AP Photo/Cliff Owen
- The Federal Reserve announced Monday it would develop a payment system that would allow bank payments and transfers to be made instantly and round-the-clock.
- Bank customers currently have to wait up to several days for transactions to pull through, a slower pace than in many major economies.
- The announcement came after major pushback effort from some of the largest banks, which have launched their own efforts to build such a system.
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The Federal Reserve wants you to get payments faster.
The central bank announced Monday it would develop a system that would allow bank payments and transfers to be made instantly and round-the-clock.
Bank customers currently have to wait up to several days for transactions to pull through, a slower pace than in many major economies. Faster access to funds could be especially important for households on fixed incomes or living paycheck to paycheck, according to Fed Governor Lael Brainard.
"Waiting days for the funds to be available to pay a bill can mean overdraft fees or late fees that can compound," she said in a speech announcing the payment plan. "Similarly, getting immediate access to funds from a sale in order to pay for supplies can be a game changer for small businesses, potentially avoiding the need for costly short-term financing."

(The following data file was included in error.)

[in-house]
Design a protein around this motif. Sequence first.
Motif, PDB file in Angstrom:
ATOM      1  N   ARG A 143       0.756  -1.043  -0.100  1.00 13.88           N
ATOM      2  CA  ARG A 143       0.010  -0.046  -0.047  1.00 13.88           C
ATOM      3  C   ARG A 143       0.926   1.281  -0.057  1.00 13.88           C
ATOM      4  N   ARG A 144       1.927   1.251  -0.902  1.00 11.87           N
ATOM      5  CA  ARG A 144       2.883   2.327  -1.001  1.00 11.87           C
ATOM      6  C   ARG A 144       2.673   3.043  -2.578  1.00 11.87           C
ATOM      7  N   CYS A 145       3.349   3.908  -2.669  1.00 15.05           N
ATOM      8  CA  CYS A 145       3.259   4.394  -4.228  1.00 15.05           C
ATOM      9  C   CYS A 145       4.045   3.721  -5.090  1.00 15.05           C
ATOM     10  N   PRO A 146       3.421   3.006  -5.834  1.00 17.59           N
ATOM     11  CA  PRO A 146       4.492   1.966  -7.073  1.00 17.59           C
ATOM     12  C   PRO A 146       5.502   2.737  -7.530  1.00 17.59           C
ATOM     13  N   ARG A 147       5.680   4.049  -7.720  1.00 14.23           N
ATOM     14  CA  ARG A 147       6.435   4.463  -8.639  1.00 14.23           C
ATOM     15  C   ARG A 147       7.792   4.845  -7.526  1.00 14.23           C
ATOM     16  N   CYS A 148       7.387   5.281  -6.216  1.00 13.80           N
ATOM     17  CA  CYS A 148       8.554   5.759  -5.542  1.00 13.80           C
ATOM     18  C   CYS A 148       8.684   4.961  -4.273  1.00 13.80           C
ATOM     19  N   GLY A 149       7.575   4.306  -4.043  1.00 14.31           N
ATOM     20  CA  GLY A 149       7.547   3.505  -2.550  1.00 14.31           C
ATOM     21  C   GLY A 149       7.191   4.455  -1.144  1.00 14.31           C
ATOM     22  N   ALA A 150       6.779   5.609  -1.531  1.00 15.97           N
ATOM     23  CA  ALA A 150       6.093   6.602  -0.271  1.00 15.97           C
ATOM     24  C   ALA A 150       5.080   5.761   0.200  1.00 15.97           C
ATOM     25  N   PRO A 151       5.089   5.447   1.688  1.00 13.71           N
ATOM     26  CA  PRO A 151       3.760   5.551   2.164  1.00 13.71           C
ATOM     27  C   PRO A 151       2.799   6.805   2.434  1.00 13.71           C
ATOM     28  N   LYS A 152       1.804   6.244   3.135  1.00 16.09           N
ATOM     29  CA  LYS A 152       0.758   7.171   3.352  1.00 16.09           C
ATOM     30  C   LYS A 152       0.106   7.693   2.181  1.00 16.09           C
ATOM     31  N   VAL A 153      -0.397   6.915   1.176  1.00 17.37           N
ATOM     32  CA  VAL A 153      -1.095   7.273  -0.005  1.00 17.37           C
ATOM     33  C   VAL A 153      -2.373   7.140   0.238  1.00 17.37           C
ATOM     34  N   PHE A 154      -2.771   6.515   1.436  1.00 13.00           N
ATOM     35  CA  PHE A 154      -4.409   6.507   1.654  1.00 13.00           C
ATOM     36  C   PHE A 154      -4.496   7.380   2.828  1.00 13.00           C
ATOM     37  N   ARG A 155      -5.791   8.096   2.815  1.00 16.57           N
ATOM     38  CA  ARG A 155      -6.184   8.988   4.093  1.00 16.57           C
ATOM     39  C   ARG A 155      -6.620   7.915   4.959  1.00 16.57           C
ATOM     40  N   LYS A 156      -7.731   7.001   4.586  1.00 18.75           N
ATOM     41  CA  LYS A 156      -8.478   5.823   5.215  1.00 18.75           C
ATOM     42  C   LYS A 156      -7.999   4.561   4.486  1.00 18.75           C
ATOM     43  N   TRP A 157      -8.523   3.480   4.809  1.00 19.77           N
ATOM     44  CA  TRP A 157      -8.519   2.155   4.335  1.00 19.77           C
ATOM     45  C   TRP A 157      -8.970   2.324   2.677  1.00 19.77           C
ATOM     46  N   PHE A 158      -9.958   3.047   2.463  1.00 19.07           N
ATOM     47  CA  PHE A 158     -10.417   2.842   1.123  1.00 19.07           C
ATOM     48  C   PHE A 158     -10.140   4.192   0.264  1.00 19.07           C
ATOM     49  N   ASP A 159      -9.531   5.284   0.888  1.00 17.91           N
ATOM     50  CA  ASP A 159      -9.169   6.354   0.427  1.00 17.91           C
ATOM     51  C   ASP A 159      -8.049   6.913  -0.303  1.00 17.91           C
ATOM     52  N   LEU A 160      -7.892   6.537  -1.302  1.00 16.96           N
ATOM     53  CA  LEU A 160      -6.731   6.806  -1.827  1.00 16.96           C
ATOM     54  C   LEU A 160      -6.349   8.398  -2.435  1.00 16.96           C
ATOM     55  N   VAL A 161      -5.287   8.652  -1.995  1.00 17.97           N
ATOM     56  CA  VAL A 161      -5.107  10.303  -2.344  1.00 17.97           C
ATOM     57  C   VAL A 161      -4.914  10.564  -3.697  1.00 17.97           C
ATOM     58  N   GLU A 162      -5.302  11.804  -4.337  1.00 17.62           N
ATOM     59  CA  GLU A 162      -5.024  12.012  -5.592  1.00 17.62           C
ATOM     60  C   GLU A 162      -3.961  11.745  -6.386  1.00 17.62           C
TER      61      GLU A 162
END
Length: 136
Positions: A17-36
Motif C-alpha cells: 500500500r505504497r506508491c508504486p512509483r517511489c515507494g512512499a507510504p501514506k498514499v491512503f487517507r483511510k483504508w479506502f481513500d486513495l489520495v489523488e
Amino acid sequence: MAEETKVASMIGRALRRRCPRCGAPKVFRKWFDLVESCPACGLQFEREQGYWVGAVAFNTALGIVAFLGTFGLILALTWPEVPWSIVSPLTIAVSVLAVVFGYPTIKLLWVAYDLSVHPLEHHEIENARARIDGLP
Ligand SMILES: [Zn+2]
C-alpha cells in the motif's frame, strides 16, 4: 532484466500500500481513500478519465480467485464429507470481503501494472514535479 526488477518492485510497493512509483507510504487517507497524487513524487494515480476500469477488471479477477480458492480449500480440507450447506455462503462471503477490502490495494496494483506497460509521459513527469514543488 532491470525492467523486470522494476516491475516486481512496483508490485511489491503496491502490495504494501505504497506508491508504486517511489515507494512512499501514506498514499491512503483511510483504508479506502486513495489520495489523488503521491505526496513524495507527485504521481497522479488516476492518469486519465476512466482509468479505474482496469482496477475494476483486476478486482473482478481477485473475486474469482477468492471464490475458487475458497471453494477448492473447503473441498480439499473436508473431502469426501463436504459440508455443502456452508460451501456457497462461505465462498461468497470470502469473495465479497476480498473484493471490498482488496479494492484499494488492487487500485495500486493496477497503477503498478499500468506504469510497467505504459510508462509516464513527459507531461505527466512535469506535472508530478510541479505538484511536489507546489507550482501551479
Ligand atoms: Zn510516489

Policymakers voted 4-1 for the real-time payment system, called FedNow Service, with Vice Chairman for Supervision Randal Quarles dissenting. It’s expected to be available by 2024.
The announcement came after major pushback effort from some of the largest banks, which have launched their own efforts to build such a system. Those private financial institutions argue the Fed could actually slow down the transition.
Greg Baer, the president and chief executive of the financial-lobbying Bank Policy Institute, told POLITICO last month "the Federal Reserve may pull a bait and switch and build its own system — certainly delaying and perhaps completely undermining the goal of a ubiquitous system where any U.S. consumer or business can pay any other."
Members of Congress have conversely pressed the Fed for a faster payment system, saying that delays imposed unfair burdens on consumers. In July, a group of Democrats introduced a bill that would require monetary policymakers to create one.
"For far too long, consumers and small businesses have unfairly shouldered the costs of our slow payments system – despite the fact that we have the technology to update it and a clear and urgent need to do so," Senator Chris Van Hollen of Maryland said last month. "I’ve pushed the Federal Reserve to develop a system that has the necessary guardrails, but progress there has been too slow."
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